Tuesday, September 16, 2008

Tuesday Morning Links

Lots of links today and I could probably add more! Quite a day yesterday, the worst on the street since 9/11. At least Bloomberg was cool and reassuring.
Cardboard boxes are replacing bonuses this year. I think this hurts the $2Mil and up condo market the most. Most Wall Streeters saw this coming which is why we have seen a slowdown in the middle of the market ($2 Mil-$5 Mil) over the past several months. Looking forward, affordability and value will rule the market. I would expect the lower end (under $2 Mil. and especially under $1 Mil) to be fine, while discounts and negotiability are a certainty for the entire market.
Top Outer Borough Condos- Long Island City Rising (The Real Deal)
Manhattan Median Sales Prices Drop 6% (NY Times)
As Bonuses Dry Up, So Could Condo Sales (NY Times)
Olsen Twins Slash Price For Penthouse At Morton Square (Cityfile)
Google Co-Founder Pays $8 Mil for West Village Duplex (Cityfile)
Bloomberg Says City Is Prepared To Deal With Job Losses (Observer)
56 Leonard Revealed, And It Is Something! (Curbed)
Raw Stanhope Penthouse Sells For $34 Mil, Was Asking $47Mil (The Real Deal)
San Gennaro Menace? (Curbed)

2 comments:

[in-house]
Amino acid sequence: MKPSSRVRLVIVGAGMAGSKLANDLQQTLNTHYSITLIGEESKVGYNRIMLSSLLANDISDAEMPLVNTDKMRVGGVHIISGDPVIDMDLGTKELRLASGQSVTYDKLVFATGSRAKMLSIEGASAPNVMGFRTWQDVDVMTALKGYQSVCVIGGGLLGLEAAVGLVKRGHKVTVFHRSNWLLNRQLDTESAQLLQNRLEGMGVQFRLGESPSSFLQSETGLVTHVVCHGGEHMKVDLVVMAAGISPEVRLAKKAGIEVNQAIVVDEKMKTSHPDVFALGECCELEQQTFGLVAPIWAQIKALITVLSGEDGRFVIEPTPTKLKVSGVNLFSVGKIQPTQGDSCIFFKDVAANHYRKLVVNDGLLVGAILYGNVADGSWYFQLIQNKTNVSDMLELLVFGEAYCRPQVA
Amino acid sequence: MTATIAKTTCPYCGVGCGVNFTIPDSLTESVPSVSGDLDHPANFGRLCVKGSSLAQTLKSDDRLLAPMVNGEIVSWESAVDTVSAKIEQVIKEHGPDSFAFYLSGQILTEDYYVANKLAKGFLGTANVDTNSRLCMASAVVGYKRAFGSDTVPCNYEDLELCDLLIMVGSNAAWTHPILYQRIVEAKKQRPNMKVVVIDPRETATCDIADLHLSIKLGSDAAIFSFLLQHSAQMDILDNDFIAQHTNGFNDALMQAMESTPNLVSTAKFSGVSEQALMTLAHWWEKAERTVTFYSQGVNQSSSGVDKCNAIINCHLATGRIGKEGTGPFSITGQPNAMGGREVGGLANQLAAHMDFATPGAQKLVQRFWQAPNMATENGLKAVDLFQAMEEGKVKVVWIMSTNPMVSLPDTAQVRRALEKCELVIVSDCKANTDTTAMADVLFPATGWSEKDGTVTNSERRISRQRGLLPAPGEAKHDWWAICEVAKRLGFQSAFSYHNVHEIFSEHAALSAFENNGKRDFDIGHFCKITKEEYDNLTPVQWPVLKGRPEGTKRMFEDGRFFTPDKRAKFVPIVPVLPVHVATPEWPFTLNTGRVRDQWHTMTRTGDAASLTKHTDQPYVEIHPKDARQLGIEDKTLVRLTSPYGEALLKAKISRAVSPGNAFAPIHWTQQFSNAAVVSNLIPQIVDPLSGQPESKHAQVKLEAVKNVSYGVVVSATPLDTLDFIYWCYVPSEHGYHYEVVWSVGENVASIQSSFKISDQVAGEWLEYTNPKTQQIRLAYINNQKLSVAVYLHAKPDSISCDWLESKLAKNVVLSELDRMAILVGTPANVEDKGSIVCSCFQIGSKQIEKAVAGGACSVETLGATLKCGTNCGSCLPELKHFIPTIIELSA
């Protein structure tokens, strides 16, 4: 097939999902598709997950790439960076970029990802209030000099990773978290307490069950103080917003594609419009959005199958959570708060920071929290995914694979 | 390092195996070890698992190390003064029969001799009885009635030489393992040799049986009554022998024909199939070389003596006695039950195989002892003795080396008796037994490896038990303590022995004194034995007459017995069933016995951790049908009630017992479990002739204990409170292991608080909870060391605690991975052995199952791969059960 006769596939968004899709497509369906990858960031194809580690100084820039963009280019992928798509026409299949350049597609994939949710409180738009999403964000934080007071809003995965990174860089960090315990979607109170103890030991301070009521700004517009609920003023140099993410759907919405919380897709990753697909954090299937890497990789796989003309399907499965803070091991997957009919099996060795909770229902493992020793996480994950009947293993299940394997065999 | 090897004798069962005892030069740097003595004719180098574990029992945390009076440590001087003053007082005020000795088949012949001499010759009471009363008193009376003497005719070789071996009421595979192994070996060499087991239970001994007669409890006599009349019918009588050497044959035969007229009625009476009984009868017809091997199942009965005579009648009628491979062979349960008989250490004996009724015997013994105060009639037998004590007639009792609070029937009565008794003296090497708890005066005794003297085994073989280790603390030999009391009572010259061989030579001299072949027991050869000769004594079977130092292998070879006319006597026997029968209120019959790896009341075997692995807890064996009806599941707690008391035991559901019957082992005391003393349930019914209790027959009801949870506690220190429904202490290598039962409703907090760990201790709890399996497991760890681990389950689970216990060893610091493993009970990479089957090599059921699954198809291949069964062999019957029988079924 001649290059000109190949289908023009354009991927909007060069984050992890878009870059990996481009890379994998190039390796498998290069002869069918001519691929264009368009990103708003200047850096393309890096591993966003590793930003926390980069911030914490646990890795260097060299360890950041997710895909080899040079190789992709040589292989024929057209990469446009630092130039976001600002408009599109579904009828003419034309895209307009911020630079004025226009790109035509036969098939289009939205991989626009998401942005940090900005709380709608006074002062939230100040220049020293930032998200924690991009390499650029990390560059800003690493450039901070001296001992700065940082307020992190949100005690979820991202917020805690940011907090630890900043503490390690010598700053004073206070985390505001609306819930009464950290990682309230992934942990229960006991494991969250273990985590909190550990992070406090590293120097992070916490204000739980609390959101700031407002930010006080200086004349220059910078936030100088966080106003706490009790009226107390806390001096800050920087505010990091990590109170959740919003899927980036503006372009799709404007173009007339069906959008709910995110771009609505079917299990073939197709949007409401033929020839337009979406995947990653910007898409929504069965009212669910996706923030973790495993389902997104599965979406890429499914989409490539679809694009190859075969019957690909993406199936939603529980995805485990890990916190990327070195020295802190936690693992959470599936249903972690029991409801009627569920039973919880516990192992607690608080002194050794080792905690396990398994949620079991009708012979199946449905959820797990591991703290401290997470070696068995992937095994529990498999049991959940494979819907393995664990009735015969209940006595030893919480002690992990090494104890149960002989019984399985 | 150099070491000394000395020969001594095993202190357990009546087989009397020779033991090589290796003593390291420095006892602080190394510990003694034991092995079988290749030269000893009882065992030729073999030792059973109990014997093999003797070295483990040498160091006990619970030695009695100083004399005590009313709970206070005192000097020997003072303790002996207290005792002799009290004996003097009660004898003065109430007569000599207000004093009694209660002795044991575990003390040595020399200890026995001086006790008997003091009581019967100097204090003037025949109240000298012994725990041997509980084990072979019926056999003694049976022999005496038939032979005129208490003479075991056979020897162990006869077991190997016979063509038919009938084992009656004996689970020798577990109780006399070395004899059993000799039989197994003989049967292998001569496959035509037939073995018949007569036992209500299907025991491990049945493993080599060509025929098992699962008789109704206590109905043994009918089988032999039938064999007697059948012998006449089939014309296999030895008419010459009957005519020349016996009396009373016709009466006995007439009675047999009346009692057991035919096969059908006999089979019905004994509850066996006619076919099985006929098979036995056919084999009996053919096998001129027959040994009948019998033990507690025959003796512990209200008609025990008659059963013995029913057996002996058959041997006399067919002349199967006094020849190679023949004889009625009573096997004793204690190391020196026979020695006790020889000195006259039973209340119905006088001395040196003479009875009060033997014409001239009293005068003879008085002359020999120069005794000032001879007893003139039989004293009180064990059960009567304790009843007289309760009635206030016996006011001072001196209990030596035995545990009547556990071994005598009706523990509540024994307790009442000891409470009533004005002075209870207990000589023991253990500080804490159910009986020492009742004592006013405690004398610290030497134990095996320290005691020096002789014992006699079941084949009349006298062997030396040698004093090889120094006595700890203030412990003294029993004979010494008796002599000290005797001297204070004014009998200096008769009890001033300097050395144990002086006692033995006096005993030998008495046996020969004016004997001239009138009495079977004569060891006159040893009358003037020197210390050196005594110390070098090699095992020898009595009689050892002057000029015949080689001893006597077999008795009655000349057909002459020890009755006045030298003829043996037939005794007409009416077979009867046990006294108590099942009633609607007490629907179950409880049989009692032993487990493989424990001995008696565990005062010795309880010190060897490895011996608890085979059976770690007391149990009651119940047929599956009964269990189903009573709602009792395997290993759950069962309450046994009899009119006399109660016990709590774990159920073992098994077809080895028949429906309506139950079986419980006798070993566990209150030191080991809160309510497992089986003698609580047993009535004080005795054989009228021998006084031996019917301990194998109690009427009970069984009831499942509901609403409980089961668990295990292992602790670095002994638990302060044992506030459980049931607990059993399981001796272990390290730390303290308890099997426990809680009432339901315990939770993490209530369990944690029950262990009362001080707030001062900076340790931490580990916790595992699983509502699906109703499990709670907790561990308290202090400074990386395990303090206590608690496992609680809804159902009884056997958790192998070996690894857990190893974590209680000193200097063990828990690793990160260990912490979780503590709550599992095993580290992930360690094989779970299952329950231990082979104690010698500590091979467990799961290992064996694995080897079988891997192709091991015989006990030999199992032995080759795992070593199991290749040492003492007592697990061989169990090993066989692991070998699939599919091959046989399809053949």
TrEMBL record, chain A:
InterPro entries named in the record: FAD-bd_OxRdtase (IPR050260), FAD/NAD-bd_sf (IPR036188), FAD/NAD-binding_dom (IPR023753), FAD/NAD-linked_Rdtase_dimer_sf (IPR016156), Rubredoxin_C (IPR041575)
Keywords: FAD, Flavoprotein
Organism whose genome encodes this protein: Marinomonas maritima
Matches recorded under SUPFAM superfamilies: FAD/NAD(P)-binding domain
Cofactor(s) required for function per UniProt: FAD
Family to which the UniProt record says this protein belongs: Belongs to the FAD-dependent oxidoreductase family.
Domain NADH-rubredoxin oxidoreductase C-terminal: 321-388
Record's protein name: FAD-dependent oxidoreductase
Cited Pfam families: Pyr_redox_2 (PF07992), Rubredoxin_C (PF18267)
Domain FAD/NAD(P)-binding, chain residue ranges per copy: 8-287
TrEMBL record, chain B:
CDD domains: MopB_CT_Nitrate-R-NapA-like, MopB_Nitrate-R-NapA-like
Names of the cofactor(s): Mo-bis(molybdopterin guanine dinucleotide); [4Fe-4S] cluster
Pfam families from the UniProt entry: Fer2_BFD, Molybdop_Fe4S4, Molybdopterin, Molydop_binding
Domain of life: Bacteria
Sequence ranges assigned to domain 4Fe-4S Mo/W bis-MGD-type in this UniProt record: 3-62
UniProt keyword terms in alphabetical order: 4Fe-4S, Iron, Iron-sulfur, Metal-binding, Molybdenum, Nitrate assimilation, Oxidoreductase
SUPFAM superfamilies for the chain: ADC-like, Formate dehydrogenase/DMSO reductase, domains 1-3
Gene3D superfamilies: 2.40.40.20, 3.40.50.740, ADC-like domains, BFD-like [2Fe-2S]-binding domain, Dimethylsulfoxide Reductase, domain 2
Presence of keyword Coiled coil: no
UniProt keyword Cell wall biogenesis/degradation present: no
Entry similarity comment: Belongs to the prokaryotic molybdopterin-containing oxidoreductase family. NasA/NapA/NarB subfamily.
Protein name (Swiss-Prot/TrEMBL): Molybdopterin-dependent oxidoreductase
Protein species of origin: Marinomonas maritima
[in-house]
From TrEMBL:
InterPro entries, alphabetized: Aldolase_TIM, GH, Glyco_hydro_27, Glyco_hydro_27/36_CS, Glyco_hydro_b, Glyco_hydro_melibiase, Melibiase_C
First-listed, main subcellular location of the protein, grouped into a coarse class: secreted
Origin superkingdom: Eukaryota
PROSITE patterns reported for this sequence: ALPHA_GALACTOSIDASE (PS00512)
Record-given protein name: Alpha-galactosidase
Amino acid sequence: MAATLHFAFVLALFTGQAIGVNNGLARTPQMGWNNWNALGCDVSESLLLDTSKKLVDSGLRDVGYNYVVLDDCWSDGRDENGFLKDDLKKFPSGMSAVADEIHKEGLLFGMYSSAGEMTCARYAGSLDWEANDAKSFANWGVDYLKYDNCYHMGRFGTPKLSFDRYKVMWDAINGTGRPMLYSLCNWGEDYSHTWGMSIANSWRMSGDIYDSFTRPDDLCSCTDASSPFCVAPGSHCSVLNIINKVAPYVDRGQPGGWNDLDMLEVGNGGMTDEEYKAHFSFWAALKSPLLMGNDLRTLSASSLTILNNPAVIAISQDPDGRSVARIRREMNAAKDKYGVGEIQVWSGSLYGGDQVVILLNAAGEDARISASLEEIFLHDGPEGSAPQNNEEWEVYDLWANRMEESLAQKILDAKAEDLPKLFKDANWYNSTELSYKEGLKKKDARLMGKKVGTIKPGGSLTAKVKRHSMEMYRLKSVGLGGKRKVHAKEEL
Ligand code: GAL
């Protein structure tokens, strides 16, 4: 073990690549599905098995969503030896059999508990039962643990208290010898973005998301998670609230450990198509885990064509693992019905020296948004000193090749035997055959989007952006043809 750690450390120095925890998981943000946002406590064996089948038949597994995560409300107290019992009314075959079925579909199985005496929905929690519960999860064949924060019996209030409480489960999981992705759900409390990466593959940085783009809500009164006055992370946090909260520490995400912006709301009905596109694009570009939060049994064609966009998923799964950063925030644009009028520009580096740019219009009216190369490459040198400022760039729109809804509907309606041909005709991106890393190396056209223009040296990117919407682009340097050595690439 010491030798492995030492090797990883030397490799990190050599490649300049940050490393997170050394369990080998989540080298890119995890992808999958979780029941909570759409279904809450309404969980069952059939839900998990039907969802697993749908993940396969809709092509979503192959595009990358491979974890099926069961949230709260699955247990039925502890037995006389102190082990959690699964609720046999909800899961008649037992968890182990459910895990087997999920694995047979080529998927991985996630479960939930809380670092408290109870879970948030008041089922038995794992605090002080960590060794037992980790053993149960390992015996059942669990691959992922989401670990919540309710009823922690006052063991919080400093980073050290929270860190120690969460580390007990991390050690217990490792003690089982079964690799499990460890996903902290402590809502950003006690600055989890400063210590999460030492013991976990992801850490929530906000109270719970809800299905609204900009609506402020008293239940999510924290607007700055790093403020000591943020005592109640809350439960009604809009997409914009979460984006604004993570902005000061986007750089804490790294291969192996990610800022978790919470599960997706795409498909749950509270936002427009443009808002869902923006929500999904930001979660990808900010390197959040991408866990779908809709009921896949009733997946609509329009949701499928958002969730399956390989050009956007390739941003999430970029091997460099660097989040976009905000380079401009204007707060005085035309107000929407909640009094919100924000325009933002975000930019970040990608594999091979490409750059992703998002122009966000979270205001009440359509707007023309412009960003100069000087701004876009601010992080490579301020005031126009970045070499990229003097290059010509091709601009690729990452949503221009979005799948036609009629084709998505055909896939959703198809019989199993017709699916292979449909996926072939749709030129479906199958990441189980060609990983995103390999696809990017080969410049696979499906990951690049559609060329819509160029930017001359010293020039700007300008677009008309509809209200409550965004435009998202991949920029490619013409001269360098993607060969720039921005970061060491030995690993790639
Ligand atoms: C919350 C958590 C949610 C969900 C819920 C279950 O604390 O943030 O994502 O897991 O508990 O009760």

1. You have it backwards.

    The lower end will get killed more than the high end. Those are the apartments that associates, VPs are buying - and they've been laid off in droves. The lower range is also more dependent on financing than the high end.

    Either way, the NYC real estate market is only headed south. Not even the most pollyannish of real estate brokers can come up with credible alternative viewpoints.

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  2. Well, I don't dispute that you have a good point.
    My reasoning on the low end doing better than the market (not saying price appreciation here, just on a relative basis) is from my experience out in LIC the last couple of weeks- it's been busy. The reason it's busy- discounts, incentives, and value.
    But, there is no doubt that recent layoffs, tumoil and boxes instead of bonuses will have a negative impact on prices.

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